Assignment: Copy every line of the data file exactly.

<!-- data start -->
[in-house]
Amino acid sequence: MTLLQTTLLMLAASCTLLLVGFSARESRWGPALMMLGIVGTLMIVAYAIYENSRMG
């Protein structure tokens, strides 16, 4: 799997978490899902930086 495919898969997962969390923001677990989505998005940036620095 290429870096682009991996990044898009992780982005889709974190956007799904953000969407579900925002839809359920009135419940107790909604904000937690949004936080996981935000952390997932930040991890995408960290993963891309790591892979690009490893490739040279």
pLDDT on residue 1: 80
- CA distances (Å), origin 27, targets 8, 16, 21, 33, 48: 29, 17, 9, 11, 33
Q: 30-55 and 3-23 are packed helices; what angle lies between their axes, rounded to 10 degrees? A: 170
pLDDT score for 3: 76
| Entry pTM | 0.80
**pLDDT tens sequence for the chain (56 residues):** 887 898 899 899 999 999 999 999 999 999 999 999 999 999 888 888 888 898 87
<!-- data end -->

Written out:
[in-house]
Amino acid sequence: MTLLQTTLLMLAASCTLLLVGFSARESRWGPALMMLGIVGTLMIVAYAIYENSRMG
């Protein structure tokens, strides 16, 4: 799997978490899902930086 495919898969997962969390923001677990989505998005940036620095 290429870096682009991996990044898009992780982005889709974190956007799904953000969407579900925002839809359920009135419940107790909604904000937690949004936080996981935000952390997932930040991890995408960290993963891309790591892979690009490893490739040279």
pLDDT on residue 1: 80
- CA distances (Å), origin 27, targets 8, 16, 21, 33, 48: 29, 17, 9, 11, 33
Q: 30-55 and 3-23 are packed helices; what angle lies between their axes, rounded to 10 degrees? A: 170
pLDDT score for 3: 76
| Entry pTM | 0.80
**pLDDT tens sequence for the chain (56 residues):** 887 898 899 899 999 999 999 999 999 999 999 999 999 999 888 888 888 898 87